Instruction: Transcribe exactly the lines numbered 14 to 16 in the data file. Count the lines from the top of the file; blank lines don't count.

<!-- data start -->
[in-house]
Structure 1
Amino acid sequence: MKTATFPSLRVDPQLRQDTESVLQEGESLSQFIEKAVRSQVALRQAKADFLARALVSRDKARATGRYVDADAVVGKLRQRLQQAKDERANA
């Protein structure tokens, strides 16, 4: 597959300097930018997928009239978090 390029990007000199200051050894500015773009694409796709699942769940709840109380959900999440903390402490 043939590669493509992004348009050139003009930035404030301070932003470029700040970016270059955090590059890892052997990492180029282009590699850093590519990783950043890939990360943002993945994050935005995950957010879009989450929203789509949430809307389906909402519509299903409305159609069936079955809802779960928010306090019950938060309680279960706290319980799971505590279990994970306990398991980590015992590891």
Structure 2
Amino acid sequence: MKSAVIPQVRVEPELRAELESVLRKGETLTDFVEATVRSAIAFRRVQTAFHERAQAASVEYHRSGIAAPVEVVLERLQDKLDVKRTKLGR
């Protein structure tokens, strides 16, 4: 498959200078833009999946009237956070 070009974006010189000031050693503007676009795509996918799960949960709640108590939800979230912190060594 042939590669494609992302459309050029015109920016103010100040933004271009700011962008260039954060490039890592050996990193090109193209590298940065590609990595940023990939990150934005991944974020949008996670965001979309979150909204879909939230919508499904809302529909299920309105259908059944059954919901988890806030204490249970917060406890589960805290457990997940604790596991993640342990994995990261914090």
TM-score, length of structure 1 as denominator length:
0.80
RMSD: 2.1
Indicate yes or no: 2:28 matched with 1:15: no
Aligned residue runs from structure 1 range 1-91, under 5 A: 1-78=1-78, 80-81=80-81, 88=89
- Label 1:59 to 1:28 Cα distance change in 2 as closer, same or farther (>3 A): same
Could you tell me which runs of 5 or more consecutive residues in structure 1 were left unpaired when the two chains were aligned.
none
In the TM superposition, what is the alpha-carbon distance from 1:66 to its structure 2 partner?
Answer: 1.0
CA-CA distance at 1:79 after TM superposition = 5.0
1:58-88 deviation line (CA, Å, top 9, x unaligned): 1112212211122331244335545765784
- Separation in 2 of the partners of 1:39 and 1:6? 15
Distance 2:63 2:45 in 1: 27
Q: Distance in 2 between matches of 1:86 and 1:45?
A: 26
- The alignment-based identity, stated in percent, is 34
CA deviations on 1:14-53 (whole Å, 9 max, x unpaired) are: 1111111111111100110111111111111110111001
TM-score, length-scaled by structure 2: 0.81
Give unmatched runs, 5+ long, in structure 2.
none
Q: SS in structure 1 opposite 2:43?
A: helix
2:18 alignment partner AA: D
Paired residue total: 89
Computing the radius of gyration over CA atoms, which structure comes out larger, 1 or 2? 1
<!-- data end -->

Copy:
Could you tell me which runs of 5 or more consecutive residues in structure 1 were left unpaired when the two chains were aligned.
none
In the TM superposition, what is the alpha-carbon distance from 1:66 to its structure 2 partner?